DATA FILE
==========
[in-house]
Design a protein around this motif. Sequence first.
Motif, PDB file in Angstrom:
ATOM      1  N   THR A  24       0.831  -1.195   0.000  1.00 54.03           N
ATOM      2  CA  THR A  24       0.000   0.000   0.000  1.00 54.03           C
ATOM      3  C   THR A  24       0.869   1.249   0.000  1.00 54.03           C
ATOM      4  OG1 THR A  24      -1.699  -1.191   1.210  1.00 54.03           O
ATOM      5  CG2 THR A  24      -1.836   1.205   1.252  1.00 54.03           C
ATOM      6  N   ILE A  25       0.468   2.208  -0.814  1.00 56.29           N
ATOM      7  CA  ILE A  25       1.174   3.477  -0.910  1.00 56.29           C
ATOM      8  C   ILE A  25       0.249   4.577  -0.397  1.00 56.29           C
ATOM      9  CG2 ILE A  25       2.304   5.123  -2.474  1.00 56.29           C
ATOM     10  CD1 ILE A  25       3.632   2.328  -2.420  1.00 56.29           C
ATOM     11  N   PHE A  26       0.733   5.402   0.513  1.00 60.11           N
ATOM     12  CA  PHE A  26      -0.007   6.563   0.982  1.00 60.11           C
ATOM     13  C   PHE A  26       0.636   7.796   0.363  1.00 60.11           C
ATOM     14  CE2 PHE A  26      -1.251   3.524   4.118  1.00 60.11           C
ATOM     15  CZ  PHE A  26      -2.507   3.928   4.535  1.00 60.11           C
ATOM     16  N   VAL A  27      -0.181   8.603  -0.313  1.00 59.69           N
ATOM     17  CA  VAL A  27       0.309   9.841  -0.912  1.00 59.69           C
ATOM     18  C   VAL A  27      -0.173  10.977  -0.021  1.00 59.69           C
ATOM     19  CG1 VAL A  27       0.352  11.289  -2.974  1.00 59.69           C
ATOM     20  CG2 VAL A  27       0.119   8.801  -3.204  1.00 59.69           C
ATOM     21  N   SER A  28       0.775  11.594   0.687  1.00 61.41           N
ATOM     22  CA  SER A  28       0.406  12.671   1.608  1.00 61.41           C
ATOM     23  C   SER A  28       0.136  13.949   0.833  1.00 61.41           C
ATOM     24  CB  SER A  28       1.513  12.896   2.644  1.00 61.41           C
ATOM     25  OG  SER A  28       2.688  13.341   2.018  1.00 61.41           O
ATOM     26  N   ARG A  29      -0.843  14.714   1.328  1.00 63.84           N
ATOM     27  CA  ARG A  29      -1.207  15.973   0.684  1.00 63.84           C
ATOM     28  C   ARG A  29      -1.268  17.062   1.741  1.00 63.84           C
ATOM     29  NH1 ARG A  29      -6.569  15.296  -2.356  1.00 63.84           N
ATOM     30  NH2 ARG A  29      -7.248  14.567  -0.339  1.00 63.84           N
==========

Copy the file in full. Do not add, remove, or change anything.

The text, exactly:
[in-house]
Design a protein around this motif. Sequence first.
Motif, PDB file in Angstrom:
ATOM      1  N   THR A  24       0.831  -1.195   0.000  1.00 54.03           N
ATOM      2  CA  THR A  24       0.000   0.000   0.000  1.00 54.03           C
ATOM      3  C   THR A  24       0.869   1.249   0.000  1.00 54.03           C
ATOM      4  OG1 THR A  24      -1.699  -1.191   1.210  1.00 54.03           O
ATOM      5  CG2 THR A  24      -1.836   1.205   1.252  1.00 54.03           C
ATOM      6  N   ILE A  25       0.468   2.208  -0.814  1.00 56.29           N
ATOM      7  CA  ILE A  25       1.174   3.477  -0.910  1.00 56.29           C
ATOM      8  C   ILE A  25       0.249   4.577  -0.397  1.00 56.29           C
ATOM      9  CG2 ILE A  25       2.304   5.123  -2.474  1.00 56.29           C
ATOM     10  CD1 ILE A  25       3.632   2.328  -2.420  1.00 56.29           C
ATOM     11  N   PHE A  26       0.733   5.402   0.513  1.00 60.11           N
ATOM     12  CA  PHE A  26      -0.007   6.563   0.982  1.00 60.11           C
ATOM     13  C   PHE A  26       0.636   7.796   0.363  1.00 60.11           C
ATOM     14  CE2 PHE A  26      -1.251   3.524   4.118  1.00 60.11           C
ATOM     15  CZ  PHE A  26      -2.507   3.928   4.535  1.00 60.11           C
ATOM     16  N   VAL A  27      -0.181   8.603  -0.313  1.00 59.69           N
ATOM     17  CA  VAL A  27       0.309   9.841  -0.912  1.00 59.69           C
ATOM     18  C   VAL A  27      -0.173  10.977  -0.021  1.00 59.69           C
ATOM     19  CG1 VAL A  27       0.352  11.289  -2.974  1.00 59.69           C
ATOM     20  CG2 VAL A  27       0.119   8.801  -3.204  1.00 59.69           C
ATOM     21  N   SER A  28       0.775  11.594   0.687  1.00 61.41           N
ATOM     22  CA  SER A  28       0.406  12.671   1.608  1.00 61.41           C
ATOM     23  C   SER A  28       0.136  13.949   0.833  1.00 61.41           C
ATOM     24  CB  SER A  28       1.513  12.896   2.644  1.00 61.41           C
ATOM     25  OG  SER A  28       2.688  13.341   2.018  1.00 61.41           O
ATOM     26  N   ARG A  29      -0.843  14.714   1.328  1.00 63.84           N
ATOM     27  CA  ARG A  29      -1.207  15.973   0.684  1.00 63.84           C
ATOM     28  C   ARG A  29      -1.268  17.062   1.741  1.00 63.84           C
ATOM     29  NH1 ARG A  29      -6.569  15.296  -2.356  1.00 63.84           N
ATOM     30  NH2 ARG A  29      -7.248  14.567  -0.339  1.00 63.84           N